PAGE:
Eden Prairie World War II veteran receives updates to home from three charitable organizations

Volunteers who worked on Hoffman’s house stand with him. (Submitted photo)
Volunteers who worked on Hoffman’s house stand with him. (Submitted photo)
When it rains, it pours. More often than not, that phrase pertains to a flood of ill fortune, but that’s not the case for Eden Prairie resident Ralph Hoffman.

Thanks to the combined efforts of a slew of volunteers from three different organizations, Hoffman, a World War II veteran, received several renovations ex gratia to his home.

“I’m not used to this kind of treatment — I don’t expect it,” said Hoffman. “And suddenly, the rain falls on me, and I have to accept it. That’s the way life is.”

A couple weeks ago, Hoffman reached out to Eden Prairie’s Beyond the Yellow Ribbon for help changing a furnace filter. With limited flexibility at age 91, Hoffman contacted the veteran-focused organization with just that simple request, having no way of knowing the deluge of kindness it would touch off.

That call was fielded by Bill Hottel, who visited Hoffman’s house to change the filter.

“I was going through the house to do the filter, and I noticed he had a need for some other things to be taken care of,” said Hottel. “As we were going through the house, it became apparent that he has some difficulty with the stairs.”

Hottel said everything snowballed from there. Between Hottel’s efforts and contributions of money, time and materials from Camp Gratitude, the Home Depot Foundation and the Chanhassen Legion, the group of do-gooders were able to furnish Hoffman with a chair lift, updated flooring and heat for an upstairs bathroom.

Other improvements, among them a fresh coat of paint on the walls of the house’s main floor, smoke detectors and other code-related measures, were made as well.

“When I met Bill, he saw me walk up the stairs one step at a time, and he said, ‘You need that motor,’” recalled Hoffman. “So he got together with the people at the Legion, and they voluntarily put that money up for that.”

The chair lift greatly increased Hoffman’s mobility within his own home, and the other improvements contributed to the livability as well.

“Basically what we did is we gave his house back to him,” said Hottel.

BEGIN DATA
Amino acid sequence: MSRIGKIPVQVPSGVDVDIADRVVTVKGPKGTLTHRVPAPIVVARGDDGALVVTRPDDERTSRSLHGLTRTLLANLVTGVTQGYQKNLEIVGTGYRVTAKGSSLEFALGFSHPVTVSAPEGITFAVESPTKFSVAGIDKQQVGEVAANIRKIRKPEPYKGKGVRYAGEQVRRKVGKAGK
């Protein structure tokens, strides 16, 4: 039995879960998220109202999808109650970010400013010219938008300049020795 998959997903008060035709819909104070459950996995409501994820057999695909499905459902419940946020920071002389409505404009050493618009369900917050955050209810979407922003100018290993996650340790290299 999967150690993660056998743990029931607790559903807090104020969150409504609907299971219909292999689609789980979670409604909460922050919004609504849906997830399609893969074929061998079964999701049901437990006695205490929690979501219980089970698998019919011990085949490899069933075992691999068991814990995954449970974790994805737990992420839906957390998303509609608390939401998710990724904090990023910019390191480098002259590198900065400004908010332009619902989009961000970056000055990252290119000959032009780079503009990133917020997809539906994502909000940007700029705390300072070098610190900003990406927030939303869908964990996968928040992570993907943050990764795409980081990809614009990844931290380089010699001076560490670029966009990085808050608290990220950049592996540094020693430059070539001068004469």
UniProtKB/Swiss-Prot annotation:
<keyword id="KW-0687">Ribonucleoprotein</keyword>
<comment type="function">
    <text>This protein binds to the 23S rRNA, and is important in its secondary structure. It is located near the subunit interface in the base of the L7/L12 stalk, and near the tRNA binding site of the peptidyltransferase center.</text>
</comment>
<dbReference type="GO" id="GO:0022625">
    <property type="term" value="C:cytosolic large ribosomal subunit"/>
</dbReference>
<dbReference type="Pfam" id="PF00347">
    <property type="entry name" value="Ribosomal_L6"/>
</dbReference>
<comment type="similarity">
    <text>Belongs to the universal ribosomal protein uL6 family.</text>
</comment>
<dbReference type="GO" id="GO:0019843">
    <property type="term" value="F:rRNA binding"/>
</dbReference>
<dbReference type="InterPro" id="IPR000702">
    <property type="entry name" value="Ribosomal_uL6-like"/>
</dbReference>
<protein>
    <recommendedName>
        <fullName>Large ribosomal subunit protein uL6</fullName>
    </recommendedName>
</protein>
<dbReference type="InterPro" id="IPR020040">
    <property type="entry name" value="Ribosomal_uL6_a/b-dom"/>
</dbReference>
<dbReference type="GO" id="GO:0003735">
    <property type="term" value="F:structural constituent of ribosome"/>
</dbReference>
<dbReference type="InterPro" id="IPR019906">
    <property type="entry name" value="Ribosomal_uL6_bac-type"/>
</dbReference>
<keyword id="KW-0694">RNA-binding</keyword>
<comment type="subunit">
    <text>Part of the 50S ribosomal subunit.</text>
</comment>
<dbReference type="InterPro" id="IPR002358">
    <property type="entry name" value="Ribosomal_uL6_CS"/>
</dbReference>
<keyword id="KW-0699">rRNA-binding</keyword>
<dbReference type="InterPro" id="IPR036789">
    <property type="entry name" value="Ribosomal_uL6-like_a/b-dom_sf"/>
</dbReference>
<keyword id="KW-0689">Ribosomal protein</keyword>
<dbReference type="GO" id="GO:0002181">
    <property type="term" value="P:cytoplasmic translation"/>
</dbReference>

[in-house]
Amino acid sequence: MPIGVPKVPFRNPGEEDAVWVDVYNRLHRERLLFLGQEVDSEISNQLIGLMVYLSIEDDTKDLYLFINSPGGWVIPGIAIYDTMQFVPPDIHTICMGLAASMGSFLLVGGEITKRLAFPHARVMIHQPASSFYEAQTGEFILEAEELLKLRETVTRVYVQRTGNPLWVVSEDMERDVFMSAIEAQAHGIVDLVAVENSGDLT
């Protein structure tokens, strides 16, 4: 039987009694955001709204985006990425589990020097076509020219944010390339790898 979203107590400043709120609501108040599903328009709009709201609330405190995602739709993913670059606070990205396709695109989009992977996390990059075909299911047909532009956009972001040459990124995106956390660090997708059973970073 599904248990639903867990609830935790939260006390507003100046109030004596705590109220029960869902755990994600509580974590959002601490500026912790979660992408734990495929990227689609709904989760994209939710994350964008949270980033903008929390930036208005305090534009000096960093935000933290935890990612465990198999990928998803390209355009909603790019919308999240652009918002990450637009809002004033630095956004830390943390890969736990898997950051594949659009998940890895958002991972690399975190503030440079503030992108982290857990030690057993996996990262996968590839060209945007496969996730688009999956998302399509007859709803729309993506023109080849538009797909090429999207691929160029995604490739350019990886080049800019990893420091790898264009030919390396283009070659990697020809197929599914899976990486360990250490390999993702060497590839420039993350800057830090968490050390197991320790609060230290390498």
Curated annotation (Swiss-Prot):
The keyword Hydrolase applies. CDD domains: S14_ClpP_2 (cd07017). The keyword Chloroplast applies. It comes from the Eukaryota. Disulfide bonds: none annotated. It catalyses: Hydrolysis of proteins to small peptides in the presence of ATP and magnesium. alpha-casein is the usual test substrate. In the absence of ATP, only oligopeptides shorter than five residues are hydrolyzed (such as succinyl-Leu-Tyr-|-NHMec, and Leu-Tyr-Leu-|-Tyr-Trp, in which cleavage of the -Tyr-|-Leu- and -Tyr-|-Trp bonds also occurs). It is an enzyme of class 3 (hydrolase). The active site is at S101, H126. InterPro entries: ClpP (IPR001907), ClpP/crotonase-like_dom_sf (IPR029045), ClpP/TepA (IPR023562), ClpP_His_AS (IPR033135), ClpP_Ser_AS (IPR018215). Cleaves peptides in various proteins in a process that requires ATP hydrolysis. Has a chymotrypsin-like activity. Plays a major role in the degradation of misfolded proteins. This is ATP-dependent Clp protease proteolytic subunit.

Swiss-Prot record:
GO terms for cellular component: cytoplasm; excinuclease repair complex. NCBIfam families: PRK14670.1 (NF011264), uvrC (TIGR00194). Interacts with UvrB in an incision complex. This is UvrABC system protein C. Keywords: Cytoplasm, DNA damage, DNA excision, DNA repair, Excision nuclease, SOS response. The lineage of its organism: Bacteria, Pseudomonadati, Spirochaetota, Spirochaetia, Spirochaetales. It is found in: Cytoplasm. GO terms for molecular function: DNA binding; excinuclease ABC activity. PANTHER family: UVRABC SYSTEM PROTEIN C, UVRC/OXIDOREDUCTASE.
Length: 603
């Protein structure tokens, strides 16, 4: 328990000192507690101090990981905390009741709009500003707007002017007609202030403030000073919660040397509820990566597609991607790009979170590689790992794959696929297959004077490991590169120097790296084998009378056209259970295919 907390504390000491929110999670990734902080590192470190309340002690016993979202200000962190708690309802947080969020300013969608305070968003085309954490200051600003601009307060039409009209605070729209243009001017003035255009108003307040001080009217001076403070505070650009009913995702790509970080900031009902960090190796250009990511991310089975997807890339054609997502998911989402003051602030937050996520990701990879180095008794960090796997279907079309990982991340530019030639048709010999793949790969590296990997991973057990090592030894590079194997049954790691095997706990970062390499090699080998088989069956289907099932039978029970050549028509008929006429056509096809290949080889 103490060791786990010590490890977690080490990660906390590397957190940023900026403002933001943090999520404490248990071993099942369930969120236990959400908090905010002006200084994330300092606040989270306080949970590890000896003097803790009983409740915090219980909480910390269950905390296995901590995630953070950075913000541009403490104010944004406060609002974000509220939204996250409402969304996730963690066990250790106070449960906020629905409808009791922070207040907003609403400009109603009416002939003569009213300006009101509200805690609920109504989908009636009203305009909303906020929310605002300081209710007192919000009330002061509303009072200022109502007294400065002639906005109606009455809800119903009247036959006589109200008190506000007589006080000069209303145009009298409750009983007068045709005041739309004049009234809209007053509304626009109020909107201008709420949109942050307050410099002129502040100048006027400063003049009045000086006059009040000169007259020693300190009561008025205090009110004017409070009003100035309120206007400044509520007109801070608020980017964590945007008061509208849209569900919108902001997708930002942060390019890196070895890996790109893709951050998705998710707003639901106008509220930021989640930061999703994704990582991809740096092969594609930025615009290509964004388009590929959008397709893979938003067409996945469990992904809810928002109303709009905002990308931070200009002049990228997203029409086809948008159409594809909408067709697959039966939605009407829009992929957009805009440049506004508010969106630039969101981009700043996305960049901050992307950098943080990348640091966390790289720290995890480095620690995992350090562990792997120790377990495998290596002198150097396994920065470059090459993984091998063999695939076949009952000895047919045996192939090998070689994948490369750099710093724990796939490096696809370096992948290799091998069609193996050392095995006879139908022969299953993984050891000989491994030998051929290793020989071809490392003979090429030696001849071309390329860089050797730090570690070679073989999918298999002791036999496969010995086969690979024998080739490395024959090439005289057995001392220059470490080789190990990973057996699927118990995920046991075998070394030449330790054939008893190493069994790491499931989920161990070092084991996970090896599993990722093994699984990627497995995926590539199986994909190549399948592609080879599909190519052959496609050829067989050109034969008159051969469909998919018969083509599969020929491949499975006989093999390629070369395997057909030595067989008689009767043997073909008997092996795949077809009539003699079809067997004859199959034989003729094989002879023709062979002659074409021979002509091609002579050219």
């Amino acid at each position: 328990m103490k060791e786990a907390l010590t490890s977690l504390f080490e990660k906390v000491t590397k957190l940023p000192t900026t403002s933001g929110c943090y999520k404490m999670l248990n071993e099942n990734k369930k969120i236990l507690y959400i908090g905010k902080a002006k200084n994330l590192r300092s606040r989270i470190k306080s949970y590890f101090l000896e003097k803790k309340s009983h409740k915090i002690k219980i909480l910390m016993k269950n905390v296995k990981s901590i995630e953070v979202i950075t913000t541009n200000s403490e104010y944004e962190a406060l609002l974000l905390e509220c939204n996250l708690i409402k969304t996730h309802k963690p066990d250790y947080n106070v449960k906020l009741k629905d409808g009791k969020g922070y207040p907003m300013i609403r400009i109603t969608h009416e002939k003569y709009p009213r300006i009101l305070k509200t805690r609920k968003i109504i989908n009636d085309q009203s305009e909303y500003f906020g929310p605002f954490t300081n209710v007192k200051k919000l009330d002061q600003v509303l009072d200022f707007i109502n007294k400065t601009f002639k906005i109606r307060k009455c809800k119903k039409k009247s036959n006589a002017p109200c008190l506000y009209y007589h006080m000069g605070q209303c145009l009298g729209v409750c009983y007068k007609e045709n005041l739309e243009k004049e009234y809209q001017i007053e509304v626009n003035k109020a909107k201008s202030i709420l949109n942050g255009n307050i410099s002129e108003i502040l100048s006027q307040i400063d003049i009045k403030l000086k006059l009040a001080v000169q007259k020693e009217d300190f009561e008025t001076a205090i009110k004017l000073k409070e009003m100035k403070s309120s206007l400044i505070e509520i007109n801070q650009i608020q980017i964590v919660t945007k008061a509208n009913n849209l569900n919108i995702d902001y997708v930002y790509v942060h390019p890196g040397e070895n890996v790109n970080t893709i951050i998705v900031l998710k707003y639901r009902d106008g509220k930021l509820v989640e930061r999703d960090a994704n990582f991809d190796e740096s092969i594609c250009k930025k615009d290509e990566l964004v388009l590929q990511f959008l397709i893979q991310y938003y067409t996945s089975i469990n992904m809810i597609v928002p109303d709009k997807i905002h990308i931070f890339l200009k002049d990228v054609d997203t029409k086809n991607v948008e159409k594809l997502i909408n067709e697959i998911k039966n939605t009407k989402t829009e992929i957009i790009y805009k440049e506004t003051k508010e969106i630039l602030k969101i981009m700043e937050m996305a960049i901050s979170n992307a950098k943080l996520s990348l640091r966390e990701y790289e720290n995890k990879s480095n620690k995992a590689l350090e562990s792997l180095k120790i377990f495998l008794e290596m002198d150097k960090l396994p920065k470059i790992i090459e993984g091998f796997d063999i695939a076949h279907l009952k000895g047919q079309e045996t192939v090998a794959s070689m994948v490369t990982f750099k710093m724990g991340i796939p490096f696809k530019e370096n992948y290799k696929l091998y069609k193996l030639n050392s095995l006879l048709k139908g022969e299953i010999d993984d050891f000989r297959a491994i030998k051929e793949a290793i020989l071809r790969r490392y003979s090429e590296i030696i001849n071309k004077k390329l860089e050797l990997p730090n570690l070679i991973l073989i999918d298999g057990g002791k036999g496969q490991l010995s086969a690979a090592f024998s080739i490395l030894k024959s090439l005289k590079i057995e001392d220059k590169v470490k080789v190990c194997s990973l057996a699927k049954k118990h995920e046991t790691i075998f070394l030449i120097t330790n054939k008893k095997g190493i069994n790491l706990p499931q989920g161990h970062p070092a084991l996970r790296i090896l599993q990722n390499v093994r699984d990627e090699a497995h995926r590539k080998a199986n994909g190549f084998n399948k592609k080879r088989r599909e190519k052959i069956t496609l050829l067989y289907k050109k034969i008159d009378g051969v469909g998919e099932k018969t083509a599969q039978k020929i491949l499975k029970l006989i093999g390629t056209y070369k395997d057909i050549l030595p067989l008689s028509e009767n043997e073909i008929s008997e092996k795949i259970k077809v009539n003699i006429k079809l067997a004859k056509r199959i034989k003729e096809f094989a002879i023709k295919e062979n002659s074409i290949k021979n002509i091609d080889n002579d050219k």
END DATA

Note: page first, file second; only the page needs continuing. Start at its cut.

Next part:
Volunteers from the Home Depot Foundation paint the lower level of Ralph Hoffman’s house. (Photo by Bill Hottel)
Volunteers from the Home Depot Foundation paint the lower level of Ralph Hoffman’s house. (Photo by Bill Hottel)
Completed in a flurry of activity spanning several days, the updates have left Hoffman in a state of flummoxed gratitude.

“I’m trying to think of all the plays in this deal — people were flying all over the place,” said Hoffman. “Home Depot has been unbelievably accommodating … I’ve never had this kind of treatment before, ever. It’s like winning the lottery.”

According to Hottel, the volunteers were happy to help Hoffman. As a member of Eden Prairie’s Beyond the Yellow Ribbon and the founder of Camp Gratitude, helping veterans is his forte.

“What we try to do is, within the community, [address] needs for our veterans and their families,” said Hottel. “He is pleased and overwhelmed with the kindness, and the community coming together for someone who’s done so much for all of us.”

Hoffman emphasized the kindness that had been displayed was above and beyond what he had seen or experienced himself.

Ralph Hoffman (center) sits with Bill Hottel (right) of Camp Gratitude and Eden Prairie Beyond the Yellow Ribbon and Ron Schlangen of the Home Depot Foundation, two organizations that charitably renovated Hoffman’s house. (Sun Current staff photo by Sean Miner)
Ralph Hoffman (center) sits with Bill Hottel (right) of Camp Gratitude and Eden Prairie Beyond the Yellow Ribbon and Ron Schlangen of the Home Depot Foundation, two organizations that charitably renovated Hoffman’s house. (Sun Current staff photo by Sean Miner)
“I’m not used to this,” he said. “I’m not just not used to it. I’ve never run into this kind of people, who knock themselves out to be nice. They’re unusual people. They’re outstanding people.”

Contact Sean Miner at [email protected]